I have the Five Fingers (to increase the mileage-to-blister ratio and to deal with the hazards of certain surfaces, and just to freak people out), but also run barefoot as well. I don't have convenient access to grass I can trust not to be hiding scary stuff in it, and feel that replacing one crutch for another - the cushioning of the shoe with the cushioning of the ground - is partially defeating the purpose anyway, so I do my barefooting on pavement. I do my longer distances in shoes because keeping the weight off my heels as is necessary without the padding makes my calves give out after 2-5 miles depending on how fresh i am and how successfully i conserve energy though better form, though that threshold is increasing with time. And my stride in shoes is now pretty much the same as it is barefoot.
I'm not totally anti-orthotic or anti-high-tech-shoes, but i think they are generally best considered as crutches - transitional aids (I'm not qualified to comment on their presumed applicability to a small minority of people who may be diagnosed with some specific medical condition that makes them necessary). The exclusive emphasis by shoe companies and a lot of doctors on pronation as the root of all evil and on their particular products as the only way to prevent over-pronation strikes me as virtually a scam; humans have been distance-running for millions of years before this stuff existed. There's no substitute for adequate form and conditioning.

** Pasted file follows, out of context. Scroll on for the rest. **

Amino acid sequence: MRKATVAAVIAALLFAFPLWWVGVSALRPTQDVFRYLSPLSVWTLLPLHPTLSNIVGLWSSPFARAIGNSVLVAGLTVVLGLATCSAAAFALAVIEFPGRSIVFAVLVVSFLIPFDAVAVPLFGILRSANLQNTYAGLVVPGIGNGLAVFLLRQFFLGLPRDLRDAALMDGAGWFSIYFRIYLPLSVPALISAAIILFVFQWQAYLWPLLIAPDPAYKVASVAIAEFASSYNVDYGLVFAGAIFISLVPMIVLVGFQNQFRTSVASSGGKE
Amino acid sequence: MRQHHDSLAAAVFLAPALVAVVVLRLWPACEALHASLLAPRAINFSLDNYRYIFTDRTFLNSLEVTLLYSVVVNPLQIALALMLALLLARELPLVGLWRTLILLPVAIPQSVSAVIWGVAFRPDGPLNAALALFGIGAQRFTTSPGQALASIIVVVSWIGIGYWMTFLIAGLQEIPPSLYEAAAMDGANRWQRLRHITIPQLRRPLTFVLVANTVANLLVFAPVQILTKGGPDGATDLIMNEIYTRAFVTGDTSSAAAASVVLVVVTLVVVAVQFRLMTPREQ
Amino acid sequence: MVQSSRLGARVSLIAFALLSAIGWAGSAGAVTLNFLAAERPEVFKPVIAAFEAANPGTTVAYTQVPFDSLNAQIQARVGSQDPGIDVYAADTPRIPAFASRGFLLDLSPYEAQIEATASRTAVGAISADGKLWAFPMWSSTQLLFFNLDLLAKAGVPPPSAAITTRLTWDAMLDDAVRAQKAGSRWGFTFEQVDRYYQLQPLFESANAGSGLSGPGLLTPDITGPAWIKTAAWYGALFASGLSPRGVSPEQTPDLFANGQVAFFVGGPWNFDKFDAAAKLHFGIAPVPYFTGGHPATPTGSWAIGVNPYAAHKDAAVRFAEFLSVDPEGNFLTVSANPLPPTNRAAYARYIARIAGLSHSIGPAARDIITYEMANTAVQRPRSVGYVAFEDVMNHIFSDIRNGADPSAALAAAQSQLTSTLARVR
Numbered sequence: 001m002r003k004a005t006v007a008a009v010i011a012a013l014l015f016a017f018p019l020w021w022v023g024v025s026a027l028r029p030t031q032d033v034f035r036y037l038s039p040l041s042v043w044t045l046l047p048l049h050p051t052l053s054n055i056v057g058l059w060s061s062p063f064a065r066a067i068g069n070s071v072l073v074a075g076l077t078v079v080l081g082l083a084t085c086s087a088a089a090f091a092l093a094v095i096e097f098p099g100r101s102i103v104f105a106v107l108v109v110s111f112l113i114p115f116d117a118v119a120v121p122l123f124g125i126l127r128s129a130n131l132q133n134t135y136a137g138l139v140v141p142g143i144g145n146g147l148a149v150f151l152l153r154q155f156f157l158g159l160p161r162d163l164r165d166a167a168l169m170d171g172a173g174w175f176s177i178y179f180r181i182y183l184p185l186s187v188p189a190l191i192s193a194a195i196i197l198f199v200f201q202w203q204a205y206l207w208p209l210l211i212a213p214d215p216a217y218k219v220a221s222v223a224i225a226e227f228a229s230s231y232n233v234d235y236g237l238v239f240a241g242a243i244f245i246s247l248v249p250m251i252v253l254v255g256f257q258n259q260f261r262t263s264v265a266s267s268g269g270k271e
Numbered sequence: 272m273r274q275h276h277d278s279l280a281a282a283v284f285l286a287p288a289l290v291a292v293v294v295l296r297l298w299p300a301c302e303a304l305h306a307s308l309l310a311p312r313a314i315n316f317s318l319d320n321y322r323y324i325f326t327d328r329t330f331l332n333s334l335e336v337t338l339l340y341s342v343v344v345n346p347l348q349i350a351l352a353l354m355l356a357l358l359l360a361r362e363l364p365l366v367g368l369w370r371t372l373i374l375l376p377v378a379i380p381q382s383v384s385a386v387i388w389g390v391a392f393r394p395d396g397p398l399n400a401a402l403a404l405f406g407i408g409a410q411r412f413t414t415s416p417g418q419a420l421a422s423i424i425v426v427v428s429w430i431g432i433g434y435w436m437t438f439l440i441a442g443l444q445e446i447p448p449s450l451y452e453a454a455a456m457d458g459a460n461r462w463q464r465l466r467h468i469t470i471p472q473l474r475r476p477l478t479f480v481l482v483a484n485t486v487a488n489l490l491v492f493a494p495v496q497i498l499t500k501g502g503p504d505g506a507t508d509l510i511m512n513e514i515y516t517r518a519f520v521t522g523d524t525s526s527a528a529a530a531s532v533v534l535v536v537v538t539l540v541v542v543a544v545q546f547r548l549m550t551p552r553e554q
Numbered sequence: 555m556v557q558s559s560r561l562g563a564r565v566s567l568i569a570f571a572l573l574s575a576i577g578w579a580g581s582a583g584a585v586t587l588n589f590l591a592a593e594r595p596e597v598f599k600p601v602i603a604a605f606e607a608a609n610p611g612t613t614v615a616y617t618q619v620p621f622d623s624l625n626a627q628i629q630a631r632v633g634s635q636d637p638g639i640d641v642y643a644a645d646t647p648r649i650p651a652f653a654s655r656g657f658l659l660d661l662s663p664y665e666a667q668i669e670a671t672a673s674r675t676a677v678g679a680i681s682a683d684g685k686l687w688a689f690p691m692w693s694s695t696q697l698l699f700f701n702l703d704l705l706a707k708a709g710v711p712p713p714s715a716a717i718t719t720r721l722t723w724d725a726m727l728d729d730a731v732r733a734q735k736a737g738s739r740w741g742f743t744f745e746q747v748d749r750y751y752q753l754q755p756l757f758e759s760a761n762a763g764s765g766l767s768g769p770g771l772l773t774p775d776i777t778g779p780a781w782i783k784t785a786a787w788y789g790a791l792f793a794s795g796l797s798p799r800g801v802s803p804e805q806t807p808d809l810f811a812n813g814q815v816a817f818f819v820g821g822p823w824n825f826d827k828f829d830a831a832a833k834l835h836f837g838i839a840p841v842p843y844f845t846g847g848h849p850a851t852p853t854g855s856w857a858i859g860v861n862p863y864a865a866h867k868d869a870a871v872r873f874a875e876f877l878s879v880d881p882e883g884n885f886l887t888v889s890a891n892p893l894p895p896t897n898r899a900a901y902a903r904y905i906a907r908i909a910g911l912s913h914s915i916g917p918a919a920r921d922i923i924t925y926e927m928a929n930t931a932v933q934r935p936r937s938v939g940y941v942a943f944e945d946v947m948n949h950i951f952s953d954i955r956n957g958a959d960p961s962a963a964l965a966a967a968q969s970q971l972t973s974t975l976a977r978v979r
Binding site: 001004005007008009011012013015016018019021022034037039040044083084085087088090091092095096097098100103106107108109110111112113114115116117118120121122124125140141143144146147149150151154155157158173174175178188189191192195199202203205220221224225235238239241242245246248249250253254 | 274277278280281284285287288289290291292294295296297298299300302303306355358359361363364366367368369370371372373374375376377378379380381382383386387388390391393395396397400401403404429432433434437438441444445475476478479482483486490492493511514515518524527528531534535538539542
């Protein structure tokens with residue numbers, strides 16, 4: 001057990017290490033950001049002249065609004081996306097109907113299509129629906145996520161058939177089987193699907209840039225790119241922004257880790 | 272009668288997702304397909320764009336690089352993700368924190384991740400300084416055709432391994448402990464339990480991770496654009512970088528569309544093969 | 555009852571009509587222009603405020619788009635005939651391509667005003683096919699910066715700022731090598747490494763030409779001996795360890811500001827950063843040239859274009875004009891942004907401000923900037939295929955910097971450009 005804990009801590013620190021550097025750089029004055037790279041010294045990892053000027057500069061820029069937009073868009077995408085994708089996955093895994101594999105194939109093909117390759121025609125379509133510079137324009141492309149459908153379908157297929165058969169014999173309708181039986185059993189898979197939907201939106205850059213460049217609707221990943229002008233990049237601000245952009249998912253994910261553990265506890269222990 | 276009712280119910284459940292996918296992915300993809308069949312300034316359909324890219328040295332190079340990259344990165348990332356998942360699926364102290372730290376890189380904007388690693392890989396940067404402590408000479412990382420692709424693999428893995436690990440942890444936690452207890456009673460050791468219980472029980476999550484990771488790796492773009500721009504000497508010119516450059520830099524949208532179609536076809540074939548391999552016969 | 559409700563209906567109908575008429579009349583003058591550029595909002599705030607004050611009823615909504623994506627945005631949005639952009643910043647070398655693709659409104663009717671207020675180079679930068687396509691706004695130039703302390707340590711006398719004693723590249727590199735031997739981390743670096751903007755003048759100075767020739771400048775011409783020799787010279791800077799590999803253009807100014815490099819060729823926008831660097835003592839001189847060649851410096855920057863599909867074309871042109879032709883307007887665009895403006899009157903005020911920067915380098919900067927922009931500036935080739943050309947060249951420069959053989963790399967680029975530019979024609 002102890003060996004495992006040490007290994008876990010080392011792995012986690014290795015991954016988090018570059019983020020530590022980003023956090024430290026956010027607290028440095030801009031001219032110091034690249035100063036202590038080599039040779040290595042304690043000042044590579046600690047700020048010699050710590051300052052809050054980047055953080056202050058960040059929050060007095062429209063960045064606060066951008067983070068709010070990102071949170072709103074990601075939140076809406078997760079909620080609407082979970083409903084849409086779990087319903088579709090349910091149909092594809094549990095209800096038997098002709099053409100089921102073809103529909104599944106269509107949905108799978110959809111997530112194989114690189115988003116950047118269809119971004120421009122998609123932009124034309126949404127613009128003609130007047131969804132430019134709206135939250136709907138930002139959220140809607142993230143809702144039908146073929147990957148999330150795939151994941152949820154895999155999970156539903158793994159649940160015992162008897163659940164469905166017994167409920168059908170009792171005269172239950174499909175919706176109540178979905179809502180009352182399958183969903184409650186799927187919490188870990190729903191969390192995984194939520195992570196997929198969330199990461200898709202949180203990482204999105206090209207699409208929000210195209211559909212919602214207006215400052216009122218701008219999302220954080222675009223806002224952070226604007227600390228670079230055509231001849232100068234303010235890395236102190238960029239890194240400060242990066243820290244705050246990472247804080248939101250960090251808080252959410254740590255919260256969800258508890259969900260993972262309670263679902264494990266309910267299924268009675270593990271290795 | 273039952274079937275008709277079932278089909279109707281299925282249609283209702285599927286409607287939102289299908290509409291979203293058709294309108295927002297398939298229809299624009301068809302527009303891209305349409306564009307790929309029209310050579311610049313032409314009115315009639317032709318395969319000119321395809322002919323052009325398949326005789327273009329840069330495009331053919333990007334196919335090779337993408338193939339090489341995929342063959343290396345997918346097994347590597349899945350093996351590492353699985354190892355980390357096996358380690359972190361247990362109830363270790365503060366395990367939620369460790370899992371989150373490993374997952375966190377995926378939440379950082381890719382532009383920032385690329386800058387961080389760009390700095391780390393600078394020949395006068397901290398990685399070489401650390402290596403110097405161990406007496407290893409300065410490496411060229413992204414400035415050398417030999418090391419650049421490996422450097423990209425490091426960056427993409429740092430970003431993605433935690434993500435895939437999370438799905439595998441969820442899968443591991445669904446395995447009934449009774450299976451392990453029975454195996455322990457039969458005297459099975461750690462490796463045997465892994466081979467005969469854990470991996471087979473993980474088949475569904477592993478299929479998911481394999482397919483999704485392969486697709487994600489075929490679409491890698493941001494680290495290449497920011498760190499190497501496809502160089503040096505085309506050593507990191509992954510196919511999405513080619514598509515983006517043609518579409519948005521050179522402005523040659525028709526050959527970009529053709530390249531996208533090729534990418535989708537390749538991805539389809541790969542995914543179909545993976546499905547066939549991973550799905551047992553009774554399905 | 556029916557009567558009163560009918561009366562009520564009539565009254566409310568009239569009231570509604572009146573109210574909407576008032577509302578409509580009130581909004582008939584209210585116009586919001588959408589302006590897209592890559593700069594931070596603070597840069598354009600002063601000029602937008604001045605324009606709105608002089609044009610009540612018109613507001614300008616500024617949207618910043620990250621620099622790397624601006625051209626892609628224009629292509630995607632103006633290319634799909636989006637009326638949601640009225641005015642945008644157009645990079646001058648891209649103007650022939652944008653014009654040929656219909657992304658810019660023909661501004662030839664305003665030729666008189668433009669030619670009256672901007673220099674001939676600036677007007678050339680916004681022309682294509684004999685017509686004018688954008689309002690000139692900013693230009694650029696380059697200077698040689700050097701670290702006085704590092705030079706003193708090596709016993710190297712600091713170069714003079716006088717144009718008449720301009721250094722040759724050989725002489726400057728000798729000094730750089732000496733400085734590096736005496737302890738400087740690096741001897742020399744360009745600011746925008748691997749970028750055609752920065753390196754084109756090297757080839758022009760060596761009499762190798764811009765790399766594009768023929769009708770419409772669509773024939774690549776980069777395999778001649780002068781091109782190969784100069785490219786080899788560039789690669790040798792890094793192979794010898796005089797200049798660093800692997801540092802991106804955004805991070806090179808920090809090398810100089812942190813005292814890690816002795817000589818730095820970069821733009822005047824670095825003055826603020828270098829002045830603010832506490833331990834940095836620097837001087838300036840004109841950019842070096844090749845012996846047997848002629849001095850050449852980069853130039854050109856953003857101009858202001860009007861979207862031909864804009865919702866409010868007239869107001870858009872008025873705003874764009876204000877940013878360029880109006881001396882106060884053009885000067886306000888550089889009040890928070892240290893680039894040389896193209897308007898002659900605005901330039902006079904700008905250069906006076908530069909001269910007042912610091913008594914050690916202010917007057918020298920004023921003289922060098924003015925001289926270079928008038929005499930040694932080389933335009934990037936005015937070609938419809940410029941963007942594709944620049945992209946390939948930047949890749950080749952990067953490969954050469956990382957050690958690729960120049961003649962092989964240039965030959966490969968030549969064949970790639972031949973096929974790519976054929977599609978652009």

Barefooting is not a panacea and can cause new injuries if you don't ease into it, as most people's feet and lower legs are probably atrophied from a lifetime of wearing shoes. But i've found it not only appeals to my inner purist, but for me personally has been an excellent catalyst to revamping my running form, learning to listen to my body, and, once i had taken the impact off my knees so that i actually could run at all, getting myself a deeper practical education on technique, exercise physiology, anatomy, and training methodology so that i can hopefully run harder, farther, and have more fun in the mountains. Plus, "Born to Run" is just a fun book to read.
BTW, i've gone from being winded and my knees giving out in 1/2 mile 4 months ago, to a personal best half-marathon last weekend. My injuries aren't entirely gone, but they're getting more manageable and will hopefully be gone before too much longer.